Rider McDowell was struggling to come up with a way to spread the word about his wife's invention -- an herbal cold remedy called Airborne. The Carmel, Calif., couple had succeeded in getting its product, a powdered mix made from a blend of vitamins, amino acids, and herbal extracts, into a number of small pharmacies. But McDowell wanted to break into the big drugstore chains. The question was how. Then, in a flash of inspiration, it hit him: Greg Brady.

To be sure, the eldest sibling on the 1970s sitcom The Brady Bunch might seem to have little to do with fighting off the sniffles. And Barry Williams, the actor who portrayed him, hadn't had a hit in years. But McDowell, a pop culture buff, knew that many baby boomers have an unusually deep connection to The Brady Bunch -- each episode of which reportedly has aired more than 100,000 times. He also had heard that Williams was easygoing and reliable, and after tracking down the actor's agent, learned that he was looking for work.

Rather than using Williams as a solo pitchman, McDowell decided to pair the actor with other forgotten TV stars -- including Butch Patrick (Eddie from The Munsters) and Johnny Whitaker (Jody on Family Affair) -- in a series of quirky ads that ran in magazines and on TV. McDowell's idea was to tap into the goodwill of an entire generation of couch potatoes. As it happened, one of them was Oprah Winfrey -- who, after seeing Airborne's ads and trying the product, endorsed it on national TV. The rest, as they say in show biz, is history. Airborne now ranks as the nation's best-selling over-the-counter natural cold remedy, with 2004 revenue of some $24 million. Says McDowell: "Entrepreneurs who take the celebrity route are instantly vaulted into another category."

The celebrity pitchman, of course, is as old as capitalism itself. And these days, America is more celebrity-mad than ever. Thanks to the proliferation of cable channels, nearly every old movie, TV show, and vintage sporting event is back on the air, thrusting has-been performers back into the limelight. Meanwhile, reality-TV programs like American Idol, The Apprentice, and Survivor are churning out an endless stream of pseudo-celebrities -- most of them eager to extend their time in the limelight any way they can.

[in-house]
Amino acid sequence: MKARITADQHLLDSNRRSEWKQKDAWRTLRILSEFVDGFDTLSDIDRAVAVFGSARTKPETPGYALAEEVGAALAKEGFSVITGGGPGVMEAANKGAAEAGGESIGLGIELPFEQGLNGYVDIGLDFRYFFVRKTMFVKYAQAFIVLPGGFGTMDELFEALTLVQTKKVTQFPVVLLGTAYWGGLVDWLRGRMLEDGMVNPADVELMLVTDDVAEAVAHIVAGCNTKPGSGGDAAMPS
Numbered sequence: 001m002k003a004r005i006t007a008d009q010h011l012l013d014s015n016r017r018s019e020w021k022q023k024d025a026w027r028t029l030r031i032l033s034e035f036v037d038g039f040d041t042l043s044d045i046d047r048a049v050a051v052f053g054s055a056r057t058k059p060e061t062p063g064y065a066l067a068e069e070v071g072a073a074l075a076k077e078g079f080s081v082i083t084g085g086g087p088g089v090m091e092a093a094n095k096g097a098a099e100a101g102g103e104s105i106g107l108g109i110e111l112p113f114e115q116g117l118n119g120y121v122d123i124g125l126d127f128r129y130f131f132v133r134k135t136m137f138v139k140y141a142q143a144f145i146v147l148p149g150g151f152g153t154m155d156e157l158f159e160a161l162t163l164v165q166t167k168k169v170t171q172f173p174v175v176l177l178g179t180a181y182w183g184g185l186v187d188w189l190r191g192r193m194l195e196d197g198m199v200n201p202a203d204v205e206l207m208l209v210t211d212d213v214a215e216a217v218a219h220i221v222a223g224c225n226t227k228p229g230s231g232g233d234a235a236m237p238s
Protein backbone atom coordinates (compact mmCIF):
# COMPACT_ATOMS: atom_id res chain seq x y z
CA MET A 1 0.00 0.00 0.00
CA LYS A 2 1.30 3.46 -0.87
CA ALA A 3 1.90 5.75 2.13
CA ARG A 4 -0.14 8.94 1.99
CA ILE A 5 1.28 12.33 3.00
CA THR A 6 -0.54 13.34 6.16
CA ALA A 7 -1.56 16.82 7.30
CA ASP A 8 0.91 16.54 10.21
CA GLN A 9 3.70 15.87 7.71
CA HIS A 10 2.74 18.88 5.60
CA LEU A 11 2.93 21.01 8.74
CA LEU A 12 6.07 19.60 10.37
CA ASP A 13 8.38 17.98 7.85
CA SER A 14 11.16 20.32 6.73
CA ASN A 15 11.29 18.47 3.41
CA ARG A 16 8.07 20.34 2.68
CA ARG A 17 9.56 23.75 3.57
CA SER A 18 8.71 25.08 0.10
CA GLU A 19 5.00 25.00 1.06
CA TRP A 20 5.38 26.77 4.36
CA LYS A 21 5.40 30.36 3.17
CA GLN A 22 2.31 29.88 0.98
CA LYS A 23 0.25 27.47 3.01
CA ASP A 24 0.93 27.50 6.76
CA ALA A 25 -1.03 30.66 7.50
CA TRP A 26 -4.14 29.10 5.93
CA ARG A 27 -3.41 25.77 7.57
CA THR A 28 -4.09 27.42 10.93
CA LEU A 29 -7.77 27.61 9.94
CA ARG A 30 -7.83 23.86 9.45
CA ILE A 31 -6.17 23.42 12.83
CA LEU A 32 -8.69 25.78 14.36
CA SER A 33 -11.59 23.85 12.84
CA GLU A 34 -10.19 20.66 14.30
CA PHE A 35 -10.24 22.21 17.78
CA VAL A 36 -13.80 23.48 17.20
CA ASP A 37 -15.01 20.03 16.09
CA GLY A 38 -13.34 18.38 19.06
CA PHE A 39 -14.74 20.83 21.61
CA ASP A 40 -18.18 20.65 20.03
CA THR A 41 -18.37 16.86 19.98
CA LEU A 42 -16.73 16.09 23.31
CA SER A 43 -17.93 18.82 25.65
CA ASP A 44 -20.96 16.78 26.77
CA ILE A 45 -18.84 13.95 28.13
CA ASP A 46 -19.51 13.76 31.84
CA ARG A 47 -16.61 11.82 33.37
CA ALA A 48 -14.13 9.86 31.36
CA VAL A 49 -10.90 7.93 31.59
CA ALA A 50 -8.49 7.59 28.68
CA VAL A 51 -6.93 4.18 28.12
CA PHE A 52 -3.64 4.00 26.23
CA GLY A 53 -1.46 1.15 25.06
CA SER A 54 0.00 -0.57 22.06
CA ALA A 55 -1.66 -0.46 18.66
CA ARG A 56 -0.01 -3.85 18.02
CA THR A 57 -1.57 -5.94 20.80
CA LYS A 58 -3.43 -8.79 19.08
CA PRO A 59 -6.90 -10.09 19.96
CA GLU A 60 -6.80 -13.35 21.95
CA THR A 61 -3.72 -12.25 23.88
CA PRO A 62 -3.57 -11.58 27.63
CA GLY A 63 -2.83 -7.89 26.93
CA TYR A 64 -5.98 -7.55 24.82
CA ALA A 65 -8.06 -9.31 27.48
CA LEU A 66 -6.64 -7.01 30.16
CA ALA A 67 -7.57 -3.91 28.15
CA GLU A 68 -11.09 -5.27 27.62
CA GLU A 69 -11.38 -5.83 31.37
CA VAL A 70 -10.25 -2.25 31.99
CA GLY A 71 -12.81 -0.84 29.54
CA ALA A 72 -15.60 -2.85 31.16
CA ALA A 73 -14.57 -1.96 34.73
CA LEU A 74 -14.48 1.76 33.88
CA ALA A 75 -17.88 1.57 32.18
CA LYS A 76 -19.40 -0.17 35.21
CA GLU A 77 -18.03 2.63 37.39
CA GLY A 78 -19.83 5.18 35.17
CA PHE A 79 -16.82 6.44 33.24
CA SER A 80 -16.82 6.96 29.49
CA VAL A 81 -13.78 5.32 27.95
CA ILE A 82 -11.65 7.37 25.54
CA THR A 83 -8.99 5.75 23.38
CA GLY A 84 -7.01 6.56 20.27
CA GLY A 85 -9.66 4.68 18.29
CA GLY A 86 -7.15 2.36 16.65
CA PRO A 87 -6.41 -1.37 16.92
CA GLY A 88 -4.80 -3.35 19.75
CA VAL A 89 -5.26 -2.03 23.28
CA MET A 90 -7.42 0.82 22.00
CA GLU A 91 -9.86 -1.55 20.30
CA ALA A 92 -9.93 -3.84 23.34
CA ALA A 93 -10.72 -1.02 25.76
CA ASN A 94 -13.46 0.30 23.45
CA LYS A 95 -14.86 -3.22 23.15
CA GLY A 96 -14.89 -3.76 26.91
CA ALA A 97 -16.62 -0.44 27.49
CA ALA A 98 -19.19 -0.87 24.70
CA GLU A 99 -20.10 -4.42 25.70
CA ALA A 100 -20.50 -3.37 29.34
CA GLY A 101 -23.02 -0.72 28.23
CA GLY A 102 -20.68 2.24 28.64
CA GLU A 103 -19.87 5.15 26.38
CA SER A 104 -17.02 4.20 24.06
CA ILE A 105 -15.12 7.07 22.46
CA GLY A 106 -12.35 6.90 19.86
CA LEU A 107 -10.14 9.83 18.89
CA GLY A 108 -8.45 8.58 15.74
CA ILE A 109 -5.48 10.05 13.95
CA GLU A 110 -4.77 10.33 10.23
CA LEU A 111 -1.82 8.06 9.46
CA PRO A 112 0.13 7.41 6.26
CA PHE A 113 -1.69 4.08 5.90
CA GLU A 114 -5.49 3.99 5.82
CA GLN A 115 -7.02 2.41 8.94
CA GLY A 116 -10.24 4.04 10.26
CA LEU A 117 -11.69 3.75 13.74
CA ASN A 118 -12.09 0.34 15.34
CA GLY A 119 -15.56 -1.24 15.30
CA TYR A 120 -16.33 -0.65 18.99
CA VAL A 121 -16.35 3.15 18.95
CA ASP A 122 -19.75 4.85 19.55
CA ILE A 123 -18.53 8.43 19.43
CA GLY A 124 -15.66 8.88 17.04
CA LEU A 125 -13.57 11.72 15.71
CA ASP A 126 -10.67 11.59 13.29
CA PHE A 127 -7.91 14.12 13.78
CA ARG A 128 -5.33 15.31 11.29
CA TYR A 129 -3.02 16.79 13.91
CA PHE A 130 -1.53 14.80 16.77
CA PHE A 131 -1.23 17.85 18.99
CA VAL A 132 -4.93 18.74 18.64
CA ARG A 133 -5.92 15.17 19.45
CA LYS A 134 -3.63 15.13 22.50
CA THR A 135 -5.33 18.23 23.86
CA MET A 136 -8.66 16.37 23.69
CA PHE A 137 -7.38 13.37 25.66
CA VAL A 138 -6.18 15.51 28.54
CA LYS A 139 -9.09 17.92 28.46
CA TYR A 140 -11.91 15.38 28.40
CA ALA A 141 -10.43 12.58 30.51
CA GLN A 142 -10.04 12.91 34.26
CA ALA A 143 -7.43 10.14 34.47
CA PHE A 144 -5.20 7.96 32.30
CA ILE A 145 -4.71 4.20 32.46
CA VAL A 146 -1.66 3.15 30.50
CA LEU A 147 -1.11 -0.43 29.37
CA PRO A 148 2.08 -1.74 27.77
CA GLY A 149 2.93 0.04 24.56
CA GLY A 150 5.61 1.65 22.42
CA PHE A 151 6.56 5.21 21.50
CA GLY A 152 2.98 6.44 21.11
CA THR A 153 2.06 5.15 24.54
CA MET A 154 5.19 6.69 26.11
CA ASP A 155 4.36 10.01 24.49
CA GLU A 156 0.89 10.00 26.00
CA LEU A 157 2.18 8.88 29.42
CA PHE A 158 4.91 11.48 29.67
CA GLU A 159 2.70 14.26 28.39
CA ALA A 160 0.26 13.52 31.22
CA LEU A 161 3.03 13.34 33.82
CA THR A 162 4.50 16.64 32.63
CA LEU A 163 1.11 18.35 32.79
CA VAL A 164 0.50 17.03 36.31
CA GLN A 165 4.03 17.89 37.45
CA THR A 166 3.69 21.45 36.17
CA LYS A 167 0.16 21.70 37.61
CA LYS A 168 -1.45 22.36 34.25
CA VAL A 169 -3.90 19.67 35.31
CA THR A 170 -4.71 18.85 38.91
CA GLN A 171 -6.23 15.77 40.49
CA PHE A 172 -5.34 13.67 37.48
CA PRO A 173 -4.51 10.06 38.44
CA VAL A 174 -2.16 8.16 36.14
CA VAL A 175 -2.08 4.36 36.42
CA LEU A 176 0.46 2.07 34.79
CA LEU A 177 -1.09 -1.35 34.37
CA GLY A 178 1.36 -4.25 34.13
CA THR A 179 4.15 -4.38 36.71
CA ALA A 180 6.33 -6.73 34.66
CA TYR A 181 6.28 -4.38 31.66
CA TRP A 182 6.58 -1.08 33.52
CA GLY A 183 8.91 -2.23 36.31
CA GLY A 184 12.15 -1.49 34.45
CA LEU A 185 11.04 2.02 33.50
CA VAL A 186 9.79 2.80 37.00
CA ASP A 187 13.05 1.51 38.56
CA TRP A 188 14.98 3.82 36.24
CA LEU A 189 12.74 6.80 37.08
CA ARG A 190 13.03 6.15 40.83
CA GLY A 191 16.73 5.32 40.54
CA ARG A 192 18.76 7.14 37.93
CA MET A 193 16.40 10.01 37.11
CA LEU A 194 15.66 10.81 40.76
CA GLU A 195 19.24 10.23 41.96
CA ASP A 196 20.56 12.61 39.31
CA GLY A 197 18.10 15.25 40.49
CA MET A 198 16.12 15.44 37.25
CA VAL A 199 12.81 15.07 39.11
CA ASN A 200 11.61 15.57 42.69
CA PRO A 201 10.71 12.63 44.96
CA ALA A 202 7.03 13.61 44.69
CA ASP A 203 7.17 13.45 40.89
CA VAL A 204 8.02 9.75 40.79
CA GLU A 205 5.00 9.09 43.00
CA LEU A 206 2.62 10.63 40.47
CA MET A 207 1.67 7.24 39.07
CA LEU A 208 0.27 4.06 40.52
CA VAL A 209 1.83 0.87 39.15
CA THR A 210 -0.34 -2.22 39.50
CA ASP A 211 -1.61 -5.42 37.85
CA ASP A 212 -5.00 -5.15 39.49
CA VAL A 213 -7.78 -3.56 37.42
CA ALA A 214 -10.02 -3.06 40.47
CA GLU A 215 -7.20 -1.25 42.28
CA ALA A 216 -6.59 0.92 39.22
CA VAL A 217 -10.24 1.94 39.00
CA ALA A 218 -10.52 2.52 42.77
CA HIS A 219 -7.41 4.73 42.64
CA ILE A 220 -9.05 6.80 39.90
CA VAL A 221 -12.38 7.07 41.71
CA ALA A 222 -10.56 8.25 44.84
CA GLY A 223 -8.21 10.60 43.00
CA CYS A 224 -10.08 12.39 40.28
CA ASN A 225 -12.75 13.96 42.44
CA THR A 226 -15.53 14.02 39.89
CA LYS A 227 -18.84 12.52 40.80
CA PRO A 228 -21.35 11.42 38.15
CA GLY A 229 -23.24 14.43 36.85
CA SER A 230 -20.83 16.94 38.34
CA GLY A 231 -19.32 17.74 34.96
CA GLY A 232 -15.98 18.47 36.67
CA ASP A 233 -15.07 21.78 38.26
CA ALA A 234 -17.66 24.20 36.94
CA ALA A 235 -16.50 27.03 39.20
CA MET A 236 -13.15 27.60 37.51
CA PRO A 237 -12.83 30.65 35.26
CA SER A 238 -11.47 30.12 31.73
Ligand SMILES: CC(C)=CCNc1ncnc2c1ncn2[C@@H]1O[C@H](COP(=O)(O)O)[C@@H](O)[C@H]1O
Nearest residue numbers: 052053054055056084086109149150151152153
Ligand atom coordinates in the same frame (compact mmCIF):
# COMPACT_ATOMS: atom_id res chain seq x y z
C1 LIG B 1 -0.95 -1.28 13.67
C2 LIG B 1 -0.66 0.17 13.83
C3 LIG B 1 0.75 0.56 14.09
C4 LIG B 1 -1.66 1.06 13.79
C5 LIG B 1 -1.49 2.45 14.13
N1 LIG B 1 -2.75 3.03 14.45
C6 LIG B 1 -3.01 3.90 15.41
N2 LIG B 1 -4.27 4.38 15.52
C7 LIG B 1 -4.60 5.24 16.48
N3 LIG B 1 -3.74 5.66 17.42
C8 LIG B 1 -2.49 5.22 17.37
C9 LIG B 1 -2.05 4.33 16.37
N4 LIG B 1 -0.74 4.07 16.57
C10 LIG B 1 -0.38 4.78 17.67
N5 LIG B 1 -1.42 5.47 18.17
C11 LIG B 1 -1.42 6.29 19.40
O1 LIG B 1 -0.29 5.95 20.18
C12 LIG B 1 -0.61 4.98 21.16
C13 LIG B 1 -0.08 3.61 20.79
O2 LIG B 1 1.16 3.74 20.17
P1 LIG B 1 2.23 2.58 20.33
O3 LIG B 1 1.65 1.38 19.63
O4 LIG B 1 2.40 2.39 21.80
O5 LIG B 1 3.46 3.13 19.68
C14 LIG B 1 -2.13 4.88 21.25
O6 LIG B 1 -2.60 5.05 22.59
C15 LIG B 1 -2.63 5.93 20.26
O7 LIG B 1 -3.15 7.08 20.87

All of this puts the celebrity pitch well within the reach of entrepreneurs -- even those without big advertising budgets. But deploying celebrities is not as easy as it looks, and the advertising world is divided on the matter. For one thing, it leaves you open to charges that you're cynically trying to spiff up a product that can't sell itself. What's more, tying your brand to any individual -- especially a B-list celebrity -- is a risk, says Bart Cleveland, a director at Sawyer Riley Compton, an ad agency in Atlanta. "You're worsening your brand in a way that's difficult to overcome," he says.

But if you're careful, employing a celebrity can be worth the gamble. The right personality, for example, can help you connect with specific demographic groups -- especially baby boomers who grew up in front of the television. "It's nice to see the celebrities we grew up with aging and now speaking to us with products that affect us at these stages in our lives," says Jeff Stein, a media professor at Wartburg College in Waverly, Iowa.

Airborne's McDowell, for his part, figures he owes it all to the B list. His schoolteacher wife, Victoria Knight-McDowell, created Airborne in 1997 to fend off the viruses in her classroom. By 1999, Knight-McDowell Labs had sales of $1.4 million, mostly from a chain of small drugstores. That's when McDowell began to think about going after national retailers such as CVS and Rite Aid.